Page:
On Iconoclasm (yes, still thinking about it)

One of Morgan's discussions in The Sacred Gaze of particular importance to my own argument deals with the dichotomic pair of iconoclasm and idolatry. However, before I get into the discussion of these concepts let me introduce you to one of the most irritating statements in the book – really, I would be grateful for any guidance on how to understand it:

Something of what religious believers see when they look at the world around them, at themselves, and at images is not goodness and light, not heady aesthetic contemplation, but the occasion for violence and scorn. (p. 116)

Anyway, let’s get back to iconoclasm and idolatry, or rather idolatry: Here, Morgan convincingly argues that

Iconoclasm presupposes idolatry. By definition, iconoclasm cannot be conceived or practices without the requisite “other” it seeks to rout out of human behaviour. But this does not mean that iconoclasts are reacting to anything real. In fact, they often imagine the offense they seek to reprove. They need the other to destroy in order to construct a new tradition in which to exist. (p. 117)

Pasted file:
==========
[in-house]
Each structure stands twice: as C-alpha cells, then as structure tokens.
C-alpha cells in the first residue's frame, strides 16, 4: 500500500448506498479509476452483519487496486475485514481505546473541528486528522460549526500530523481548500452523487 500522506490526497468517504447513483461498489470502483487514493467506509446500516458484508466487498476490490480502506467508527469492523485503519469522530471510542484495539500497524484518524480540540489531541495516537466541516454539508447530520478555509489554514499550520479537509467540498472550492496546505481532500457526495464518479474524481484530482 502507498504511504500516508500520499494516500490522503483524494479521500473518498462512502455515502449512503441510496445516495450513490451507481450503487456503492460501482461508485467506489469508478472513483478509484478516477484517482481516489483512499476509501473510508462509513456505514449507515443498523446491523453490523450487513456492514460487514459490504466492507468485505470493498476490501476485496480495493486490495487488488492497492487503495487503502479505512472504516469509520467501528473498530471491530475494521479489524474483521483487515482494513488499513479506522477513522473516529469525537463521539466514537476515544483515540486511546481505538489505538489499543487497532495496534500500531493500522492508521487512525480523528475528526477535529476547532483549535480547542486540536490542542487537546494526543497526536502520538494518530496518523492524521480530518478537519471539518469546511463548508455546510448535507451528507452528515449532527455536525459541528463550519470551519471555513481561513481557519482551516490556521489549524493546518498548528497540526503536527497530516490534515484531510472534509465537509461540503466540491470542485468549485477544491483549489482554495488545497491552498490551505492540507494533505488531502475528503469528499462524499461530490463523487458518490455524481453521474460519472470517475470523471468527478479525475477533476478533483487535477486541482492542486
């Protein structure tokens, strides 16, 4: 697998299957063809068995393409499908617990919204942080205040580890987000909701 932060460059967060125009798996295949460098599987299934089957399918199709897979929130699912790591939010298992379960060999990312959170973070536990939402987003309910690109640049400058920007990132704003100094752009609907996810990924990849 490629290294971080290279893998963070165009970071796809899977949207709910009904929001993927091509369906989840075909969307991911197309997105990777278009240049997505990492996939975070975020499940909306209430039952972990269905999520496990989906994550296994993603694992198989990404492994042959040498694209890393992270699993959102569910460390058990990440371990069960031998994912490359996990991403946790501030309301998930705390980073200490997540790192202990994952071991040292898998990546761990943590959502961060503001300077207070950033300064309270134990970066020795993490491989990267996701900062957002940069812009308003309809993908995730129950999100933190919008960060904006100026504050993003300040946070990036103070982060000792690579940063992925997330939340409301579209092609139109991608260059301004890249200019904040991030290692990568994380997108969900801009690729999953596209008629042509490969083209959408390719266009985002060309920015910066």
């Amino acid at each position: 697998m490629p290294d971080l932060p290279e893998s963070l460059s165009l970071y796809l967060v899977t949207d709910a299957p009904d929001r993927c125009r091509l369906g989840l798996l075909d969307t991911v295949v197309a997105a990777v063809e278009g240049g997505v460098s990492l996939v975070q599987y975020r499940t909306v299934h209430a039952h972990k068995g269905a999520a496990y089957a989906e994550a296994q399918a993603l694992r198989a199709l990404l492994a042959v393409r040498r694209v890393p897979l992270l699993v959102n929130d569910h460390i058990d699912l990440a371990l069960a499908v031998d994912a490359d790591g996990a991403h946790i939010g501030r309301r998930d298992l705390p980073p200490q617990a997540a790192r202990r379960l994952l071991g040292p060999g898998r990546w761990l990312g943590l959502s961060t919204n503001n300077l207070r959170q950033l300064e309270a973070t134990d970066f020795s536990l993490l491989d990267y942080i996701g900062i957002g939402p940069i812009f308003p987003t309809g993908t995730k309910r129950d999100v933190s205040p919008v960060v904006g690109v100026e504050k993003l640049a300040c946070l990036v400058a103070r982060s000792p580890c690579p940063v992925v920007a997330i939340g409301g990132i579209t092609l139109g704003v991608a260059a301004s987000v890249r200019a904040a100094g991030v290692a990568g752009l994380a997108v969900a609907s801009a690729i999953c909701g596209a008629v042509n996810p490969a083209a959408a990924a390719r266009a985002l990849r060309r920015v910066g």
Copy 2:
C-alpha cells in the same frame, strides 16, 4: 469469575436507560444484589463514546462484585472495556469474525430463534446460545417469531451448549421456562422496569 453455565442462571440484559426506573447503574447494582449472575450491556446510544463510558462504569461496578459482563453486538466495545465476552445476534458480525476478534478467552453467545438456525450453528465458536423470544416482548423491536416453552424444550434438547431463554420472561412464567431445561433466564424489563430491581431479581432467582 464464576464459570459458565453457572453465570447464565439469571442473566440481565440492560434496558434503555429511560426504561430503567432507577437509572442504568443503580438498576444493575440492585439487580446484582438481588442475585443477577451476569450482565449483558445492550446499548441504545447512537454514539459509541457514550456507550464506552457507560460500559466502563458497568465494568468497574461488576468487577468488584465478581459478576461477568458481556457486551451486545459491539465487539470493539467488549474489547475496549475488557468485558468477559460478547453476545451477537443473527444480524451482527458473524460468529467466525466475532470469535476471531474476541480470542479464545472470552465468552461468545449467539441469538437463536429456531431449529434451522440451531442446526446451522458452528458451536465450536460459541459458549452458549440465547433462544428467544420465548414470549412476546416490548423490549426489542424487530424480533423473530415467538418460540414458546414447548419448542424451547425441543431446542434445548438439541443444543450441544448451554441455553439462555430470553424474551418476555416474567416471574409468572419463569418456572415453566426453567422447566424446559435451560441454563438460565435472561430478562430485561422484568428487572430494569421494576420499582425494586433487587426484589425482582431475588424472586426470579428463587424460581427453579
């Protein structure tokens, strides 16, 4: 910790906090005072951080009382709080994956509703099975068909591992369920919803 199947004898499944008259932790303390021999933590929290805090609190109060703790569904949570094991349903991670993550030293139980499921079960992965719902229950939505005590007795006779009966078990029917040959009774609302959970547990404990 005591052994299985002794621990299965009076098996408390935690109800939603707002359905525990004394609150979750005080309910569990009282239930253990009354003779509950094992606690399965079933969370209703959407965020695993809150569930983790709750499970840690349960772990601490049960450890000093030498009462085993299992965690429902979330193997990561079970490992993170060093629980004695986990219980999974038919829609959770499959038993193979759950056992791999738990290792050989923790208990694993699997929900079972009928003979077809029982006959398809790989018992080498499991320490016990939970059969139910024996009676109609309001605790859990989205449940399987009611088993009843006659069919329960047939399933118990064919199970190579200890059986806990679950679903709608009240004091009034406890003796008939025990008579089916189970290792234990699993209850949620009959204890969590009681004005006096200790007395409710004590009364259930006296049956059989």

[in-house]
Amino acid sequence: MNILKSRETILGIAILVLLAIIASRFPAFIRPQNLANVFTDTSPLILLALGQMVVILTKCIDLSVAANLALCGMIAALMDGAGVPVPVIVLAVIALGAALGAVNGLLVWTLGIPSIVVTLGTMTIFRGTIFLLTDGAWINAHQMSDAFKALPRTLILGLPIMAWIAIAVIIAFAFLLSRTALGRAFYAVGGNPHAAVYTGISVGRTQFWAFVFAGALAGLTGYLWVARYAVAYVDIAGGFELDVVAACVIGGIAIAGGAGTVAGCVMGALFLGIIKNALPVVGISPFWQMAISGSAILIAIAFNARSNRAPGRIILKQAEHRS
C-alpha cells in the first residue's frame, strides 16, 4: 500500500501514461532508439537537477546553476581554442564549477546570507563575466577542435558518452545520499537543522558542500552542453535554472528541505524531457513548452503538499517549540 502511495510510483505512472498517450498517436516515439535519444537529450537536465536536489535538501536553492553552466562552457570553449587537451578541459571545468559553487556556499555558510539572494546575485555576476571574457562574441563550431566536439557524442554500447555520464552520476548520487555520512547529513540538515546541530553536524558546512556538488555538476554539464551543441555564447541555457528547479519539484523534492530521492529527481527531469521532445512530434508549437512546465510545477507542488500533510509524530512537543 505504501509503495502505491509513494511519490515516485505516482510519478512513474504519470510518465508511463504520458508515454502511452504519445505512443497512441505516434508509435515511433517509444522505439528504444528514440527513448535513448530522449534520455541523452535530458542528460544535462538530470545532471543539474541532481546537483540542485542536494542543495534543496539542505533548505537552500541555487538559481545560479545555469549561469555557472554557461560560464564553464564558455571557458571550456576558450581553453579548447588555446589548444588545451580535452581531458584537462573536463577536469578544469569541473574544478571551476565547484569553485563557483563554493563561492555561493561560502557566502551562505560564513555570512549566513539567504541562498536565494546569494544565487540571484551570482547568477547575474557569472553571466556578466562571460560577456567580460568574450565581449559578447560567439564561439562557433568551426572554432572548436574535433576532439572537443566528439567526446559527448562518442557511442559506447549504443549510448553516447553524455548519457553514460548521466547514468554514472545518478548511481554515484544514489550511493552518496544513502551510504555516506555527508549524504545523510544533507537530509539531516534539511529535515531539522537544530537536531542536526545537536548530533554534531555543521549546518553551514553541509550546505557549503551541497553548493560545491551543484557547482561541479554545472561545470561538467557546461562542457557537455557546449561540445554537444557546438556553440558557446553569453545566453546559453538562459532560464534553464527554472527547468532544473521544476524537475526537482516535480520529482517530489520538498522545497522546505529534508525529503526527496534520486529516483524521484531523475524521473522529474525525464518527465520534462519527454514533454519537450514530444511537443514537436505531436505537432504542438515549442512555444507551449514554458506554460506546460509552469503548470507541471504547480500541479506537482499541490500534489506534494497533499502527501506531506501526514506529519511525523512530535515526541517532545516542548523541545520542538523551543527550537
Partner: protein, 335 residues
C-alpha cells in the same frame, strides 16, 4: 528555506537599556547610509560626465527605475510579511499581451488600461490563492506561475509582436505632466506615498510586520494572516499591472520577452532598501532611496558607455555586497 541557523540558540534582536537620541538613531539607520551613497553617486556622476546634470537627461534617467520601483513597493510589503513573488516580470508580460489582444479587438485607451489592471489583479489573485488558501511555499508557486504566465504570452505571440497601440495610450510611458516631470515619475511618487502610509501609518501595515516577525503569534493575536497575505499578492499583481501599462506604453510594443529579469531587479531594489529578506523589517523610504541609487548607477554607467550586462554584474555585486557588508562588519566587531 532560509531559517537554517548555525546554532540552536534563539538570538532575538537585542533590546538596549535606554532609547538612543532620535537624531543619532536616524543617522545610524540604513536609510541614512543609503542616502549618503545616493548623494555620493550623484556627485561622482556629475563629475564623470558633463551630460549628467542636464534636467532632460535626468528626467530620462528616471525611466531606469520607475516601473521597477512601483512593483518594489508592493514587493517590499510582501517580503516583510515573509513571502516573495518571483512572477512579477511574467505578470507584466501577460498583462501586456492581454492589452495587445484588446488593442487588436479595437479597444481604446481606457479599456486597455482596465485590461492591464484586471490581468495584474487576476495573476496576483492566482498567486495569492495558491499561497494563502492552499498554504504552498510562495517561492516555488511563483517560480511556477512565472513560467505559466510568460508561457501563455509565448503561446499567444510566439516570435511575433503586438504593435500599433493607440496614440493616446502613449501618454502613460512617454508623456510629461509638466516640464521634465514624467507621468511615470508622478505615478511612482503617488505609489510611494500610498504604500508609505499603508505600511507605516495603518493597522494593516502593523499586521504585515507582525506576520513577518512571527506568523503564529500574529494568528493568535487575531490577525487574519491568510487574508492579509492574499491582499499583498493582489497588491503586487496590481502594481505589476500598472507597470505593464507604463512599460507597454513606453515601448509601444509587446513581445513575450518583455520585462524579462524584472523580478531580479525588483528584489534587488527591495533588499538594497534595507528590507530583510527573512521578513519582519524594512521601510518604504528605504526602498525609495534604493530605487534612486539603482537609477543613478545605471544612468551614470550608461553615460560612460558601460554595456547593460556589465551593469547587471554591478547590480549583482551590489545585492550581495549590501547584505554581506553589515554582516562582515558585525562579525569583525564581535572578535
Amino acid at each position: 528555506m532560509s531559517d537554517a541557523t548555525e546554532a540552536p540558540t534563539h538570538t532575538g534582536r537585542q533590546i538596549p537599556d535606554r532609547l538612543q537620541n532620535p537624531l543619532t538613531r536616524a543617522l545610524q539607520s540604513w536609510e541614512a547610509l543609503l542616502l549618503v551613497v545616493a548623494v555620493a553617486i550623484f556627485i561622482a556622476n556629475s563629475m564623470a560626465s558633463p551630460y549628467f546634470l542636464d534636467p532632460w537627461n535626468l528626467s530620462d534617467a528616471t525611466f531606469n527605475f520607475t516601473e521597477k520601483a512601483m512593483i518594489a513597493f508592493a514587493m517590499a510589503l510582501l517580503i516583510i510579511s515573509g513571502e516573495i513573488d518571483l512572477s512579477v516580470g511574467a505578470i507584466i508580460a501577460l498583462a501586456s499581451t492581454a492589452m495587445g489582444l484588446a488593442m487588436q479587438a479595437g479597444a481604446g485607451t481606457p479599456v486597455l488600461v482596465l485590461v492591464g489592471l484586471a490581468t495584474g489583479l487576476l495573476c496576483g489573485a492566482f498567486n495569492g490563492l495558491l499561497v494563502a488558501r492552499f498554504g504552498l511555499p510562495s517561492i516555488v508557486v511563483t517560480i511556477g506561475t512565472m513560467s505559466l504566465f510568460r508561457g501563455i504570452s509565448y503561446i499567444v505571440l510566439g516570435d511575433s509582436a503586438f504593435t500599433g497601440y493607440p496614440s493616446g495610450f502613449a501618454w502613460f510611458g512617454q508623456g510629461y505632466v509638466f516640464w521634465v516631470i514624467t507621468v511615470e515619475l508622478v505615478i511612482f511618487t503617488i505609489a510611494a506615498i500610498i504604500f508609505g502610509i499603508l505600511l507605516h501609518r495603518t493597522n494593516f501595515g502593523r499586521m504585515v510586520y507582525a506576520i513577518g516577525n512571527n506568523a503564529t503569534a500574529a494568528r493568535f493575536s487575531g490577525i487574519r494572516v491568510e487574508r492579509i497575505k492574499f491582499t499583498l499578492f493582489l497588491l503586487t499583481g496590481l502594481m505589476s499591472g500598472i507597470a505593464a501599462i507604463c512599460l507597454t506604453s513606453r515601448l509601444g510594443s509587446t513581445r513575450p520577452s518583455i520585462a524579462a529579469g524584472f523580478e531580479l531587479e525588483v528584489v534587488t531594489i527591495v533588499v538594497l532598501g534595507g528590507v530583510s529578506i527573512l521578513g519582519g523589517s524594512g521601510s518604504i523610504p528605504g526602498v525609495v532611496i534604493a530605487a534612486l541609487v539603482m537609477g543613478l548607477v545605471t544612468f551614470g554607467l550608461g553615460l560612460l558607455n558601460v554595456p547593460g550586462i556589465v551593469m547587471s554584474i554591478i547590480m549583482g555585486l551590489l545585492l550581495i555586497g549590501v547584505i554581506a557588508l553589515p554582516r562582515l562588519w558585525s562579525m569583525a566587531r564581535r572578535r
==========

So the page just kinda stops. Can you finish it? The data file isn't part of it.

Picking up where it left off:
‘[A]s a polemical tactic in monotheistic discourse’ idolatry has of course a long history Morgan argues, always (also) constitutes an Other vis-à-vis which one religious group distinguishes itself – ‘it dialectically affirms a community of faith that is distinct and superior to those it classifies as idolators.’ (p. 126) Islam, e.g., defines itself (among other things) in clear distinction from earlier, allegedly idolatrous jahiliyya religion and a proclaimed return to the ancient monotheism of Abraham symbolised in Muhammad’s destruction of idols in the Ka’ba. The ideological dimension of accusations of idolatry and their manipulation for the sake of religious (and political) hegemony the author discusses extensively drawing upon Kenneth Mills’ research into the material culture and practices of Andean religion in the face of Spanish rule and inquisition. Of particular interest here is ‘what examiners, bishops, and archbishops meant by “idolatry”.’ (p. 122) He finds that ‘it could mean virtually anything that did not fit the inquisitor’s notion of Christian orthodoxy’ and ‘[t]he more it appeared that the church was failing to inculcate its beliefs in a lasting and significant way, the more inclusive the meaning of idolatry became.’ (p. 122-23) Mills argues that campaigns to locate and root out ‘idolatrous practices’ served several ends: Significantly, it provided an opportunity for ‘a spectacle, a theatrical staging of violence that would enact an ideological transfiguration of the past. As a decisive display of power, public punishment or the forceful upending of a huaca and its removal or defacement publicly established and enforced the church’s authority and that of the Spanish state that stood beside it. Violence was the theatrical performance of change …’ (p. 123-24) This suggests that probably not only in the particular context examined by Mills but more commonly accusations of idolatry served as much as legitimation for highly symbolic acts of violence as they referred to actual religious practices.